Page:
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Managing Fears At Bedtime

When Laura Kate was two years old, every night for about two weeks, she was terrified of ducks. During the day, she was not afraid of ducks. But at night, it was full-on terror. She said she could hear them quacking when we turned out the lights. She would sob and sob and beg us to make the ducks go away. We went on "duck hunts" with her, we searched for any toy in her room that could be causing the sound, we checked the perimeter of the house outside her bedroom window to see if we could find something. We found nothing. These ducks were completely in her imagination. And since we had little control over what she was thinking, we determined that we needed to teach her to manage her fears instead of telling her to stop or not be afraid.

Even as an adult, there is something about bedtime that makes the fears and anxiety rise to the surface. Something about the dark, the quiet, the aloneness, that triggers scary thoughts and fears. And I don't know about you, but very few times has it actually worked to just tell myself to stop it, to stop being afraid. As an adult, I've learned how to manage my fears in healthy ways and I think that's the best way to teach our kids to handle their fears as well.

These are some things that we practice when it comes to managing fears, especially at bedtime:

1. Pray

This is the first line of defense, both for myself and for what I want to teach my kids. Prayer shifts our focus off of ourselves and our current circumstances and onto the Lord and who He is. It is admitting that I don't know how to fix it, but I'm going to the One who does.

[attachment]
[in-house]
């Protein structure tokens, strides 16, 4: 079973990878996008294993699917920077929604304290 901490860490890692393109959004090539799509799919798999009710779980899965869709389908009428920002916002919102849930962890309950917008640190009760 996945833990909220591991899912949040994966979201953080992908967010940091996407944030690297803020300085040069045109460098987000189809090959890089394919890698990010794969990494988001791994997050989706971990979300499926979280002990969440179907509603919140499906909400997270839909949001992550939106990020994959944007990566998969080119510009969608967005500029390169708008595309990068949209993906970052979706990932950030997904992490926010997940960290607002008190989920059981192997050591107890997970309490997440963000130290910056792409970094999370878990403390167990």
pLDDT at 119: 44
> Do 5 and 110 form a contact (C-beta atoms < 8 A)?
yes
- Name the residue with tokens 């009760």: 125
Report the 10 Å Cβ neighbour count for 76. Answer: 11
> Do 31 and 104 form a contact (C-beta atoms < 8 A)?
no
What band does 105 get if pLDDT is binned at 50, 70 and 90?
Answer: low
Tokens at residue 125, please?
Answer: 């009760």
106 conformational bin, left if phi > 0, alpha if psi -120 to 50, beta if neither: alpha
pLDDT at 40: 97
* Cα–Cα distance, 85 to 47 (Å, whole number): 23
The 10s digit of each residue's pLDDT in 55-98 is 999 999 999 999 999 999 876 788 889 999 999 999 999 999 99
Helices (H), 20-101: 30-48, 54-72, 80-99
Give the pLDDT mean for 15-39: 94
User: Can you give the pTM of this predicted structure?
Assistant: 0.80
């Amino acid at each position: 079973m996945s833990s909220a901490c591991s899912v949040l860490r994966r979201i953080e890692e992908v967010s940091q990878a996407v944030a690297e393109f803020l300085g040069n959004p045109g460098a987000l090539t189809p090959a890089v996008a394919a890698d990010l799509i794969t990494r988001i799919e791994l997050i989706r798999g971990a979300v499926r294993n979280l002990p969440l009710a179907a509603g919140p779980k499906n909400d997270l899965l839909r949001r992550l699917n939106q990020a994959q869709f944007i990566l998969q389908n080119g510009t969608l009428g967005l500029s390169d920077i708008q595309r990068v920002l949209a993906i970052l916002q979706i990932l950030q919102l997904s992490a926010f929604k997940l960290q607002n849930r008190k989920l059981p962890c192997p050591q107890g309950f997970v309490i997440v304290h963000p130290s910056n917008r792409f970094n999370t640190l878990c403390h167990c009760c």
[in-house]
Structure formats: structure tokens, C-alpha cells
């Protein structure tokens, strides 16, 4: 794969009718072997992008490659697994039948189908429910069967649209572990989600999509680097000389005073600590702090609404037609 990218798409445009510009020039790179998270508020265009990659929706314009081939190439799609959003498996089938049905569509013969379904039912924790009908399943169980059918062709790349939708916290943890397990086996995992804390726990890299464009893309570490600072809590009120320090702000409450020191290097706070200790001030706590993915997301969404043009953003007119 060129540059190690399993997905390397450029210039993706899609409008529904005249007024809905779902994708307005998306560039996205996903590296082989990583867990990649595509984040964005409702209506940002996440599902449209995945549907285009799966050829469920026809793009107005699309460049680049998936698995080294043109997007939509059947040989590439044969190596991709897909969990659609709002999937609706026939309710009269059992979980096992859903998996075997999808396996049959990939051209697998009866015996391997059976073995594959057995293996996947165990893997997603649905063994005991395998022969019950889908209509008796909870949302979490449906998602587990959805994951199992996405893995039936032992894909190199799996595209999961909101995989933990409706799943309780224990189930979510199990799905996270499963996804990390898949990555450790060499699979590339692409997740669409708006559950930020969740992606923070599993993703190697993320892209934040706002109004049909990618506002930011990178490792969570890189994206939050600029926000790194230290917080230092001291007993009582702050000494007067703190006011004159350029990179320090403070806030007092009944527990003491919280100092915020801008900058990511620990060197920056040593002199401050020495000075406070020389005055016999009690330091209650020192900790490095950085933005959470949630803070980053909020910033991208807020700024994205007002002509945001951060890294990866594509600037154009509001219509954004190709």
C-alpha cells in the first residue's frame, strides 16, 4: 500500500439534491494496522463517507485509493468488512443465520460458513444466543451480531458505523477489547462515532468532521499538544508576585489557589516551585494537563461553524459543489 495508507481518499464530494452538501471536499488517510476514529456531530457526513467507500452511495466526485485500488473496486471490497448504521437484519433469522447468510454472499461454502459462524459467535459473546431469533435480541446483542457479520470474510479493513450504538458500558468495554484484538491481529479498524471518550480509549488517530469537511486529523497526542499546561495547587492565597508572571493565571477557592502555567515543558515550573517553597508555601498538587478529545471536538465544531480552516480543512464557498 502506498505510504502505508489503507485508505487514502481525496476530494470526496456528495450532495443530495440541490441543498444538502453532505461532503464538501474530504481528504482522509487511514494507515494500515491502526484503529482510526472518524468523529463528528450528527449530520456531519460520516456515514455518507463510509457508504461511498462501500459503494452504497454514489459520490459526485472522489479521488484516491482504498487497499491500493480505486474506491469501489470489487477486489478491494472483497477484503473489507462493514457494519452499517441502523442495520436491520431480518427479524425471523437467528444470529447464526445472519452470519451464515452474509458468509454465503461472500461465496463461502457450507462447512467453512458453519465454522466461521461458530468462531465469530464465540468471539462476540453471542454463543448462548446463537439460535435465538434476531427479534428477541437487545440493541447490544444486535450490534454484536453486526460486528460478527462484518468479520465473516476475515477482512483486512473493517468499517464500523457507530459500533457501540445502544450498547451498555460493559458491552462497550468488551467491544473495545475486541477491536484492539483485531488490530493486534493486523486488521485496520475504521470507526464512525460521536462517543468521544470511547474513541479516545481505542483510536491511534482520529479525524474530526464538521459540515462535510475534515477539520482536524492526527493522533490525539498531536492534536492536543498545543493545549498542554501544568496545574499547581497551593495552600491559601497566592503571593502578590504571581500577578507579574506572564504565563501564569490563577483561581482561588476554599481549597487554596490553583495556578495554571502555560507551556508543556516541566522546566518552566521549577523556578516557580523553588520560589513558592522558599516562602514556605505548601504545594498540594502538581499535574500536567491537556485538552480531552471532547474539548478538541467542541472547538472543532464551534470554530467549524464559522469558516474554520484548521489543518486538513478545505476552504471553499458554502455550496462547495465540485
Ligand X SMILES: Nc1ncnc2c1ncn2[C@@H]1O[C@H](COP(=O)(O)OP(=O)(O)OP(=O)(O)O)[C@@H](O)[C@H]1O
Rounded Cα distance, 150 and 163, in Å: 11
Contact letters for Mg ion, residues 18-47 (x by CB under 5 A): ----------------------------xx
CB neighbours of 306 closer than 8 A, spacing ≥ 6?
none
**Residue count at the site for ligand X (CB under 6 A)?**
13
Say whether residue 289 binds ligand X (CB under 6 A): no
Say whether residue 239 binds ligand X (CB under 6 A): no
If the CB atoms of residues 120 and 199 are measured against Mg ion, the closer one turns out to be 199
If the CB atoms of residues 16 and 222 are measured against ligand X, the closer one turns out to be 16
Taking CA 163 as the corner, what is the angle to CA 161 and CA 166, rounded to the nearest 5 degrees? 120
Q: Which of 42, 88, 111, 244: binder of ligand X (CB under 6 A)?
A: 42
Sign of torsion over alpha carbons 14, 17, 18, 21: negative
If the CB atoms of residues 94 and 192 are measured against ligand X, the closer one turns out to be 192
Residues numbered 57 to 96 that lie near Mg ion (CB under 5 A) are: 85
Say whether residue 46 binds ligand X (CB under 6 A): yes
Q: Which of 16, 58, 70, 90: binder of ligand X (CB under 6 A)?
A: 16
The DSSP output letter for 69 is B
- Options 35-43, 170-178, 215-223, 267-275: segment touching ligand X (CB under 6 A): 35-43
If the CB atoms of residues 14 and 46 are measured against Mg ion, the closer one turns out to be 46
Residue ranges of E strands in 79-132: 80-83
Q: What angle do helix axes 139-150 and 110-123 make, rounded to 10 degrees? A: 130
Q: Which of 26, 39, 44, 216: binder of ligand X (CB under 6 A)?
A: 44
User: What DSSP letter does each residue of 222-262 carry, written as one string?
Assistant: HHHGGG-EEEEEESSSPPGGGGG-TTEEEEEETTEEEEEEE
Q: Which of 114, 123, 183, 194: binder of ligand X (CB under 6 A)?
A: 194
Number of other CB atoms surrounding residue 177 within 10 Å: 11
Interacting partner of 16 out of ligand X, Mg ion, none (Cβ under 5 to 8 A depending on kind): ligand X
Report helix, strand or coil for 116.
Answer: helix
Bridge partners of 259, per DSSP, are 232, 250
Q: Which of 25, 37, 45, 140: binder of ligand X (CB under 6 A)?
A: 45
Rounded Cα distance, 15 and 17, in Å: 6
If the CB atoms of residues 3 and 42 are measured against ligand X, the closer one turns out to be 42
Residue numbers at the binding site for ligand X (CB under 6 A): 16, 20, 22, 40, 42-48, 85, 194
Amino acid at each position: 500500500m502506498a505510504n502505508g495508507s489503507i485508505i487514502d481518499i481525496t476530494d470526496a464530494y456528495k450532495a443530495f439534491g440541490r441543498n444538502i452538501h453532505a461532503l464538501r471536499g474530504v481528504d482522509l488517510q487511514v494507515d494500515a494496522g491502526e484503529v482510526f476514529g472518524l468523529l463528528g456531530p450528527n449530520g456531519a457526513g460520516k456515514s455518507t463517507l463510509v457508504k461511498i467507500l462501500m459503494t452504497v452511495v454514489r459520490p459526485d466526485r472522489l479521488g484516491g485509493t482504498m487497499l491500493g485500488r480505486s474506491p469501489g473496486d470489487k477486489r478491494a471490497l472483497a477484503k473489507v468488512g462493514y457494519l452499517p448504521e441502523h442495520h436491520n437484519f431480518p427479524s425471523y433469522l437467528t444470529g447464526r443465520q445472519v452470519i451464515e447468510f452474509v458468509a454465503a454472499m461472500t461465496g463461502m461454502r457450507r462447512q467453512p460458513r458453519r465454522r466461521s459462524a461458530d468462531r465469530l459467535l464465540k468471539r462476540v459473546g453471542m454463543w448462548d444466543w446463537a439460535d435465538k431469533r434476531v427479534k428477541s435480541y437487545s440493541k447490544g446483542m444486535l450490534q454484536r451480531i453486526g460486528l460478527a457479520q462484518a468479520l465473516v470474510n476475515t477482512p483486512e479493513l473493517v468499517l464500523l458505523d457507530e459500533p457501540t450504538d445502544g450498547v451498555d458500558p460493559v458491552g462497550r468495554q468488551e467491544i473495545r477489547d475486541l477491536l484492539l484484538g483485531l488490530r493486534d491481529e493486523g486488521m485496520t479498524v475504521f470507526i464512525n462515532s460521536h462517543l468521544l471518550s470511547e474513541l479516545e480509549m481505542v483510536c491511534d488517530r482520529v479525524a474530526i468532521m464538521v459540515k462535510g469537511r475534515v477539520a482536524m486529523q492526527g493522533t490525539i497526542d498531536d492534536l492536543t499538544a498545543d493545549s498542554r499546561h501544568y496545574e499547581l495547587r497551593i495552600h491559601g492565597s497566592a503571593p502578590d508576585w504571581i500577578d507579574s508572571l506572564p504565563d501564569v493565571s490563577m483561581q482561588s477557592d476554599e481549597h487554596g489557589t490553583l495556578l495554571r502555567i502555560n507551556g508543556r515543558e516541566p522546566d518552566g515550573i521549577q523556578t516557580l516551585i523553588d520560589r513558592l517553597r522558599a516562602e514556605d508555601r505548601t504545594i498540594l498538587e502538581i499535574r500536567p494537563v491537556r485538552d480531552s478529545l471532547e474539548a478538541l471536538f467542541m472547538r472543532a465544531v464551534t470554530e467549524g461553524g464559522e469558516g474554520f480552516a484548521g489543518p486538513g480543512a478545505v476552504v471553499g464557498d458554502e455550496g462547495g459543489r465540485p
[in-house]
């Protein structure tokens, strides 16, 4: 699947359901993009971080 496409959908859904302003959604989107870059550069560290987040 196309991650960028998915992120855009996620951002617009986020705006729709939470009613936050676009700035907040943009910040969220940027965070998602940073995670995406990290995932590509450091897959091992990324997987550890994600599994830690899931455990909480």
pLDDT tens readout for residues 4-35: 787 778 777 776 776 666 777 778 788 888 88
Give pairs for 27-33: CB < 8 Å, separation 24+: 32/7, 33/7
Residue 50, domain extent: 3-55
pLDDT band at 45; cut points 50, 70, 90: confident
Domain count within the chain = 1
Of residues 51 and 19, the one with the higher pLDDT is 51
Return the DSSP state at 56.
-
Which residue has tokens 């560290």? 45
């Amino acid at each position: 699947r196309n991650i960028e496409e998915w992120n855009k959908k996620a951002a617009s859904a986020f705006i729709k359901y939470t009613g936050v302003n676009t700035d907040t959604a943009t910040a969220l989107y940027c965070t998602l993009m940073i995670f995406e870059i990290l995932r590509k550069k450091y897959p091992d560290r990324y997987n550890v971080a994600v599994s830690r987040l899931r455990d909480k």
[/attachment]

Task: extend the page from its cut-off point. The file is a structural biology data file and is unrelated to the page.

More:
If my kids come get me at night or cry out for me, it's the first thing I ask them about or remind them to do.

2. Remember truth

The next thing I do is to remind them of the truth: You are safe and you are not alone. Mommy is right down the hall and the Lord is always with you.

Most of the time, our fears are lies that we start believing. So the best way to combat those lies is to tell ourselves the truth. And that's what I want to tell my kids too. It's so easy for shadows to become monsters at night and sometimes you just need to turn on the light to remember the truth that there isn't a monster in our home.

3. Replace the fearful thoughts

This is a trick my sister has taught me. She, very wisely, says that you can't just tell someone to stop doing something and expect it to work. You have to replace those thoughts with thoughts that are productive and life-giving. What things do we think about? The Bible tells us to think about things that are true, noble, right, pure, lovely and admirable (Philippians 4:8). So those kinds of thoughts are the ones I try to replace the fearful thoughts with.

4. Distract

If all of those things fail, I go for the distract tactic. With my kids I lay beside them and have them tell me about their favorite Disney Word rides or what they want for Christmas/Birthday. I will tell them a silly story from when I was a little girl or remind them of a funny memory with a family member or friend. For myself, I plan my next Disney trip or redecorate my house in my head.

Stopping bedtime fears as soon as possible helps them not to escalate and become bigger than they are. And that's true for myself and for my kids. These tips typically work to eliminate those fears!

The Babywise Friendly Blog Network is talking about fears this week and how to tackle them with our kids. Be sure and check out all of the posts for some really helpful tips, tricks, and ideas!

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